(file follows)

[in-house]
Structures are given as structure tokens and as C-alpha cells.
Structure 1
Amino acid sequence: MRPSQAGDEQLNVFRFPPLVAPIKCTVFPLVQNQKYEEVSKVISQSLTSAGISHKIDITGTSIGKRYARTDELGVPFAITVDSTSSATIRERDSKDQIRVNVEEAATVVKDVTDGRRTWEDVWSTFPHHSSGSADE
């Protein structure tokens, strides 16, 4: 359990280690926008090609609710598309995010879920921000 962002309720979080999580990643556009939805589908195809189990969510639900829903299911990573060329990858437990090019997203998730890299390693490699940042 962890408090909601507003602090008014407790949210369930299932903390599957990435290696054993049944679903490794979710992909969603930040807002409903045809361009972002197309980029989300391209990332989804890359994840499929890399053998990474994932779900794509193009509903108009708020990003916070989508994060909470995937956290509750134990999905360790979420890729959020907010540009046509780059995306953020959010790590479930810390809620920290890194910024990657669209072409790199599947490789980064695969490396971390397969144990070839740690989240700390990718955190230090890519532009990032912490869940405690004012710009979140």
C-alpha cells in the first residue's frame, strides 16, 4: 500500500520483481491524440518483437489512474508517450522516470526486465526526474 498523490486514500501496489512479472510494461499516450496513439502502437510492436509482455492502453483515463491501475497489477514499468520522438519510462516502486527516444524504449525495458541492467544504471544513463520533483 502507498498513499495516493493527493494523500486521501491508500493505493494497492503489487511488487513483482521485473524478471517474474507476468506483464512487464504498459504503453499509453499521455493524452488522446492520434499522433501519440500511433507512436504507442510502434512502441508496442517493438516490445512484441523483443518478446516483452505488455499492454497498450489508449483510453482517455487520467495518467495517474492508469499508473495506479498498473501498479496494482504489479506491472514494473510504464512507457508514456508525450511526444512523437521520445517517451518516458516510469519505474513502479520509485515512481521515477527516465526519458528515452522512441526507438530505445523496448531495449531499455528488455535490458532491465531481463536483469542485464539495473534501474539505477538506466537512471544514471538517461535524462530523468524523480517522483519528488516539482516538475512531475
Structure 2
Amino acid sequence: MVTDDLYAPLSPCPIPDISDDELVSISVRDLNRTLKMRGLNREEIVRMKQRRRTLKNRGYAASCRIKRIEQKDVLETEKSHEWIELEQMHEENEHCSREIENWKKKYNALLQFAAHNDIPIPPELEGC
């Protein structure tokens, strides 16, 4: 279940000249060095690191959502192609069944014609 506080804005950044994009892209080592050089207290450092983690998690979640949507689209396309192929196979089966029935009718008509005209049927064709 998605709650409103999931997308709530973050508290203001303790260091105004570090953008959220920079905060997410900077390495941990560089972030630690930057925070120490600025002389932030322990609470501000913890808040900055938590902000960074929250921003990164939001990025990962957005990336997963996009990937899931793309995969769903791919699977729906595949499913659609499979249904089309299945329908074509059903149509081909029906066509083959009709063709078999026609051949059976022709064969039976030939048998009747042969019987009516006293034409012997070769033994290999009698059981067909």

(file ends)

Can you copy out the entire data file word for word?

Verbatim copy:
[in-house]
Structures are given as structure tokens and as C-alpha cells.
Structure 1
Amino acid sequence: MRPSQAGDEQLNVFRFPPLVAPIKCTVFPLVQNQKYEEVSKVISQSLTSAGISHKIDITGTSIGKRYARTDELGVPFAITVDSTSSATIRERDSKDQIRVNVEEAATVVKDVTDGRRTWEDVWSTFPHHSSGSADE
């Protein structure tokens, strides 16, 4: 359990280690926008090609609710598309995010879920921000 962002309720979080999580990643556009939805589908195809189990969510639900829903299911990573060329990858437990090019997203998730890299390693490699940042 962890408090909601507003602090008014407790949210369930299932903390599957990435290696054993049944679903490794979710992909969603930040807002409903045809361009972002197309980029989300391209990332989804890359994840499929890399053998990474994932779900794509193009509903108009708020990003916070989508994060909470995937956290509750134990999905360790979420890729959020907010540009046509780059995306953020959010790590479930810390809620920290890194910024990657669209072409790199599947490789980064695969490396971390397969144990070839740690989240700390990718955190230090890519532009990032912490869940405690004012710009979140």
C-alpha cells in the first residue's frame, strides 16, 4: 500500500520483481491524440518483437489512474508517450522516470526486465526526474 498523490486514500501496489512479472510494461499516450496513439502502437510492436509482455492502453483515463491501475497489477514499468520522438519510462516502486527516444524504449525495458541492467544504471544513463520533483 502507498498513499495516493493527493494523500486521501491508500493505493494497492503489487511488487513483482521485473524478471517474474507476468506483464512487464504498459504503453499509453499521455493524452488522446492520434499522433501519440500511433507512436504507442510502434512502441508496442517493438516490445512484441523483443518478446516483452505488455499492454497498450489508449483510453482517455487520467495518467495517474492508469499508473495506479498498473501498479496494482504489479506491472514494473510504464512507457508514456508525450511526444512523437521520445517517451518516458516510469519505474513502479520509485515512481521515477527516465526519458528515452522512441526507438530505445523496448531495449531499455528488455535490458532491465531481463536483469542485464539495473534501474539505477538506466537512471544514471538517461535524462530523468524523480517522483519528488516539482516538475512531475
Structure 2
Amino acid sequence: MVTDDLYAPLSPCPIPDISDDELVSISVRDLNRTLKMRGLNREEIVRMKQRRRTLKNRGYAASCRIKRIEQKDVLETEKSHEWIELEQMHEENEHCSREIENWKKKYNALLQFAAHNDIPIPPELEGC
């Protein structure tokens, strides 16, 4: 279940000249060095690191959502192609069944014609 506080804005950044994009892209080592050089207290450092983690998690979640949507689209396309192929196979089966029935009718008509005209049927064709 998605709650409103999931997308709530973050508290203001303790260091105004570090953008959220920079905060997410900077390495941990560089972030630690930057925070120490600025002389932030322990609470501000913890808040900055938590902000960074929250921003990164939001990025990962957005990336997963996009990937899931793309995969769903791919699977729906595949499913659609499979249904089309299945329908074509059903149509081909029906066509083959009709063709078999026609051949059976022709064969039976030939048998009747042969019987009516006293034409012997070769033994290999009698059981067909």